More Women Can Run: Gender and Pathways to the State Legislatures, Susan J. Carroll and Kira Sanbonmatsu
Why are there so few women in legislative office in the United States? Recognizing that electoral politics in the United States is “far from gender-neutral territory” (p. 61), Susan J. Carroll and Kira Sanbonmatsu engage this question by considering major changes in women’s election to state legislative office, where women’s representation continues to be low, and is declining in the new millennium, with women’s legislative numbers driven primarily by the success of Democratic women. At the state legislative level, Republican women are being closed out of office, even where the Republican Party has been increasingly successful overall. Why are men so over-represented in state legislatures? Why is women’s representation declining? Why have Republican women been increasingly less successful in winning election to state legislative office than have their Democratic sisters?
Carroll and Sanbonmatsu bring an explicitly gendered approach to these questions, treating men’s political experience and candidacy as factors for analysis, rather than as the universal path to legislative office, and consider “women on their own terms” (p. 11) to explore additional gendered pathways. More Wo
To continue reading, see options above.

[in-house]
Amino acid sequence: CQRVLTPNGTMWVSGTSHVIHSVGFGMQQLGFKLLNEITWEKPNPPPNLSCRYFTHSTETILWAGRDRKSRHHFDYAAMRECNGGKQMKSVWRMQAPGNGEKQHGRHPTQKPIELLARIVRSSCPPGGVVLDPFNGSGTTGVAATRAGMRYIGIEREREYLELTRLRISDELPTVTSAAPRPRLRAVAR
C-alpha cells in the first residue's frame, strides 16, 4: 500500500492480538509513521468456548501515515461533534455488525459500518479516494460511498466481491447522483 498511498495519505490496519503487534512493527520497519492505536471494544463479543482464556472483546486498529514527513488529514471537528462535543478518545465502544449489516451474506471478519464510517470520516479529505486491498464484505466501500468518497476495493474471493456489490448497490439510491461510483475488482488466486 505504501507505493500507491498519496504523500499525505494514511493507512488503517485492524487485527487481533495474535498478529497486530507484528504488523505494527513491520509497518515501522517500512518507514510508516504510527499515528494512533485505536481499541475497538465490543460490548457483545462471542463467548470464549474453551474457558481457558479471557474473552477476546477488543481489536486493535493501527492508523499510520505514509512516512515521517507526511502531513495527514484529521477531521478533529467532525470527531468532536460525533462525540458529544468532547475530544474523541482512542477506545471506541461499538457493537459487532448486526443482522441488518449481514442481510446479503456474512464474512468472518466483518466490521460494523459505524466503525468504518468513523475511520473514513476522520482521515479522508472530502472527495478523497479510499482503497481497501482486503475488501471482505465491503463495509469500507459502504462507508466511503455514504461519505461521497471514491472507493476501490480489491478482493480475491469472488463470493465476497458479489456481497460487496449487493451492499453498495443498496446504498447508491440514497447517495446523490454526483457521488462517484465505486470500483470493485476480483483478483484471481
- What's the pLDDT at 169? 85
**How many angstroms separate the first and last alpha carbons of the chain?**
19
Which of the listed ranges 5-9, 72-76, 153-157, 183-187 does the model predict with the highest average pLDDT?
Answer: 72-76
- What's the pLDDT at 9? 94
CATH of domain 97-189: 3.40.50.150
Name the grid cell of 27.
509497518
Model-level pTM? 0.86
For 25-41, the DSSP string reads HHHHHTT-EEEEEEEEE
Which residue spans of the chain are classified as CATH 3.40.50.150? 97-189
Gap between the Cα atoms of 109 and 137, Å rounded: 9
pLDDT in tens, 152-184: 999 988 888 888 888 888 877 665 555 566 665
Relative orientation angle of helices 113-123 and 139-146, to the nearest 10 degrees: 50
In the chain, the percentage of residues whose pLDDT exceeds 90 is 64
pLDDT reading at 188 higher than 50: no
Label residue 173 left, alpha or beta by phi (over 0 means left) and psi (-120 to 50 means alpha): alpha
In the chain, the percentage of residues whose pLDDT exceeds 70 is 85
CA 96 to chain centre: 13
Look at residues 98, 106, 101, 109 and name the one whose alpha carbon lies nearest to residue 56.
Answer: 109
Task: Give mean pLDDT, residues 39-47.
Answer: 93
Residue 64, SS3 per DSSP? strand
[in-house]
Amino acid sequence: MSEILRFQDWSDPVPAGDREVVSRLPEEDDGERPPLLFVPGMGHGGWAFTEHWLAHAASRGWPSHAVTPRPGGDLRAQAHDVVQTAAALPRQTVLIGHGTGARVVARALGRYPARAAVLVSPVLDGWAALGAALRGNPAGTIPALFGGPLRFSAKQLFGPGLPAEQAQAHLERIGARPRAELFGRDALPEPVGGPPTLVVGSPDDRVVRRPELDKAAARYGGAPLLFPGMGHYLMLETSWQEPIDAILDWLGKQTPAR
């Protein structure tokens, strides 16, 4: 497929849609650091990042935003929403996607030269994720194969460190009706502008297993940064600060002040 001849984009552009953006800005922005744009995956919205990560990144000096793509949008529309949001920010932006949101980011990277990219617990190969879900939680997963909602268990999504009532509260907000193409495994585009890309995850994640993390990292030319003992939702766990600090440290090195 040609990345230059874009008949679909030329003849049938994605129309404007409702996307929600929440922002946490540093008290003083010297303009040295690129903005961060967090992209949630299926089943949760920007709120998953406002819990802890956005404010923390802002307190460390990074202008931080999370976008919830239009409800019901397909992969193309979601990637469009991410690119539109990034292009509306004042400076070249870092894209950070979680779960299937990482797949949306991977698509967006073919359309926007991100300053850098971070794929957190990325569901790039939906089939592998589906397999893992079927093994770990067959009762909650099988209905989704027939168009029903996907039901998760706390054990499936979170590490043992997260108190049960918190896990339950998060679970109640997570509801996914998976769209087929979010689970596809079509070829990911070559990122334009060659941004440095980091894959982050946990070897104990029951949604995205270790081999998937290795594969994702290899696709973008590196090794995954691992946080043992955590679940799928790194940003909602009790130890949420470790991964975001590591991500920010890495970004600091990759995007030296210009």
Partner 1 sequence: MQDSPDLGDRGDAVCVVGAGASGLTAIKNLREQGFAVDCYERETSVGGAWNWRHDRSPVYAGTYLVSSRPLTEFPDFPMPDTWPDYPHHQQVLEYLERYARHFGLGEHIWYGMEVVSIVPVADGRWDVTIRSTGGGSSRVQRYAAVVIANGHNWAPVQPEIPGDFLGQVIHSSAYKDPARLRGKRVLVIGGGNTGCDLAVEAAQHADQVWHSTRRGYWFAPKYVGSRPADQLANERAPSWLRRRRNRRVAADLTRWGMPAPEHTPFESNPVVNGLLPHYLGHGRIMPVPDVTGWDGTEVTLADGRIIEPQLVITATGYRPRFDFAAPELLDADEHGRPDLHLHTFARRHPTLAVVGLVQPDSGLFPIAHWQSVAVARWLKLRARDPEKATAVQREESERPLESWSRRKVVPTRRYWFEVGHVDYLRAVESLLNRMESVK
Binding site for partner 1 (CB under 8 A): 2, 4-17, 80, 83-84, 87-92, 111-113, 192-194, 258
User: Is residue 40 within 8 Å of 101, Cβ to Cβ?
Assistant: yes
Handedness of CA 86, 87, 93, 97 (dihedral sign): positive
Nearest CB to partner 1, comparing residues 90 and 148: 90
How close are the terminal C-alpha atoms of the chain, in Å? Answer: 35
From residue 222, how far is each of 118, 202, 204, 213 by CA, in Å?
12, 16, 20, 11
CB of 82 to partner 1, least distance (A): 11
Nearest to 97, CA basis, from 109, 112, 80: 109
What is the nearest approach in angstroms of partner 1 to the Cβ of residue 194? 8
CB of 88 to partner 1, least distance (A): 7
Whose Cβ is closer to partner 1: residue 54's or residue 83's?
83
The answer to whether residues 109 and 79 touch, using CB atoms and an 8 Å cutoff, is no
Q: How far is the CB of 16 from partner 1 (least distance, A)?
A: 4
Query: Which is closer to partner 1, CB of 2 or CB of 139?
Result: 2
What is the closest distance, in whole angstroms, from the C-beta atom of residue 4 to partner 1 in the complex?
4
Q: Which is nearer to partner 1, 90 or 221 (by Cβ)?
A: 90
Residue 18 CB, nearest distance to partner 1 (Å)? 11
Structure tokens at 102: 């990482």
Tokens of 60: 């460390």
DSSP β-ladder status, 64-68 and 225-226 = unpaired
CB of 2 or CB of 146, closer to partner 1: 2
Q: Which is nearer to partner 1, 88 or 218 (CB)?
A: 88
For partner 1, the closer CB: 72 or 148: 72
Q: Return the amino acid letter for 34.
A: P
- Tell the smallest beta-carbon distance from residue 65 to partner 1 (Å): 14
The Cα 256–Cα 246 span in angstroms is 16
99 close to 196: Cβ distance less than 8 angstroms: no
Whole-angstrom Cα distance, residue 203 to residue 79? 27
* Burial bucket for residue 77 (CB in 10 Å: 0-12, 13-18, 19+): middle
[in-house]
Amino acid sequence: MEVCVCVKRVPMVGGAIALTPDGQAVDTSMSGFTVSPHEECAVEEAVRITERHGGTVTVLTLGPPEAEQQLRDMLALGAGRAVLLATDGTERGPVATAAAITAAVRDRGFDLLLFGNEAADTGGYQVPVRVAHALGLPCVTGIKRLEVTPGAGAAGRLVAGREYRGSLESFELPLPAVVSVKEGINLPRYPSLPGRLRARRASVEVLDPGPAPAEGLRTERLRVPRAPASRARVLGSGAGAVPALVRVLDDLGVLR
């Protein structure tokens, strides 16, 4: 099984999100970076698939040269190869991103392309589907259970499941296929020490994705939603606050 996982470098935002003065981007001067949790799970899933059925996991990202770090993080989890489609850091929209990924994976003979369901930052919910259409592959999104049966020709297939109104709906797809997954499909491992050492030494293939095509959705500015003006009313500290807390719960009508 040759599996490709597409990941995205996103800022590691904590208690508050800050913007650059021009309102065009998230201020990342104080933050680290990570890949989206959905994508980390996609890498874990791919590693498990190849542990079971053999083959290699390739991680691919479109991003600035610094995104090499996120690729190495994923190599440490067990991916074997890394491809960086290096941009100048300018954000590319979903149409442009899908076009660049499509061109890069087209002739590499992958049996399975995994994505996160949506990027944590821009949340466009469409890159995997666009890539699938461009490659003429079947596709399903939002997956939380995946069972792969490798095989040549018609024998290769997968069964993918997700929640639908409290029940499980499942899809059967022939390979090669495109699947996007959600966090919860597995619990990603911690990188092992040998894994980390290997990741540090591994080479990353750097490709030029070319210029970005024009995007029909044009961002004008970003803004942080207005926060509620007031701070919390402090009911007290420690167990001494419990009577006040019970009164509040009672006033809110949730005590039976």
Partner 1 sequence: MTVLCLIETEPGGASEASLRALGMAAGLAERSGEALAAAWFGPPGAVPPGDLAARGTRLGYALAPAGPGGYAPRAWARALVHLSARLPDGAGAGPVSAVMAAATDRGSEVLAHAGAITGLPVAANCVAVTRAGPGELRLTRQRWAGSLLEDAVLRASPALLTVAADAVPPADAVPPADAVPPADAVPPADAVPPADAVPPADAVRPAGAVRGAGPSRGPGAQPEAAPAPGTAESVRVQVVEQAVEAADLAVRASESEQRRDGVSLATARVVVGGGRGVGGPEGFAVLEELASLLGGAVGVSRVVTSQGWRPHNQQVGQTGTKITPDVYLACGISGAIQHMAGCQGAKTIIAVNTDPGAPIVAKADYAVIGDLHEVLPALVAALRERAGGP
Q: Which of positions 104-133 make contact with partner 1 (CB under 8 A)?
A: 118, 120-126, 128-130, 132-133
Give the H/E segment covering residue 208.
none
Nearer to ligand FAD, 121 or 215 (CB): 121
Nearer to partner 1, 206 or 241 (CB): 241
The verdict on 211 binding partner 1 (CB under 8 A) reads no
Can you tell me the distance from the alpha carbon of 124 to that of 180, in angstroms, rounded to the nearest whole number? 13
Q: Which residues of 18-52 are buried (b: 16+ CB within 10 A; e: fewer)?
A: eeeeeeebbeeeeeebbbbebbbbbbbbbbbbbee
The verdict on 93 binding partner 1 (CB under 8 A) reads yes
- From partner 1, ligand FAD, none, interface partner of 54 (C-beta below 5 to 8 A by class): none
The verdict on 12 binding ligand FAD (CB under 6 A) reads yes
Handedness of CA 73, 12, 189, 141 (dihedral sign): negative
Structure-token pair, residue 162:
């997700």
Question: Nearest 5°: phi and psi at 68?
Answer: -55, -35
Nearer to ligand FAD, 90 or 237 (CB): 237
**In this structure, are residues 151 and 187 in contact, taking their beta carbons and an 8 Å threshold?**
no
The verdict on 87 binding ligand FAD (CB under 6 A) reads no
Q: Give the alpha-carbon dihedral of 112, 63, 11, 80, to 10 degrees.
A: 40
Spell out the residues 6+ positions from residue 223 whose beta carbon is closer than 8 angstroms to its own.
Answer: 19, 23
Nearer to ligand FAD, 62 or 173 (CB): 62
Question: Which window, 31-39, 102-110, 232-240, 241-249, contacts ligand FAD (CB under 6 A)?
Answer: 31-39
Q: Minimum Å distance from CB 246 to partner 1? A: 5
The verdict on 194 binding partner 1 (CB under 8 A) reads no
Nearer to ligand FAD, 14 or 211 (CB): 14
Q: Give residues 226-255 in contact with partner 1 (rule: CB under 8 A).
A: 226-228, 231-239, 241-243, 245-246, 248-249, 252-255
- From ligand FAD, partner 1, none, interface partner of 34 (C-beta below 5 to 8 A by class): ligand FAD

Join the Academy of Political Science and automatically receive Political Science Quarterly.
Developments in Beijing
Publishing since 1886, PSQ is the most widely read and accessible scholarly journal with distinguished contributors such as: Lisa Anderson, Robert A. Dahl, Samuel P. Huntington, Robert Jervis, Joseph S. Nye, Jr., Theda Skocpol, Woodrow Wilsonview additional issues
CONTINUING ISSUES IN U.S. NATIONAL SECURITY POLICY
Articles | Book reviews
The Academy of Political Science, promotes objective, scholarly analyses of political, social, and economic issues. Through its conferences and publications APS provides analysis and insight into both domestic and foreign policy issues.
With neither an ideological nor a partisan bias, PSQ looks at facts and analyzes data objectively to help readers understand what is really going on in national and world affairs.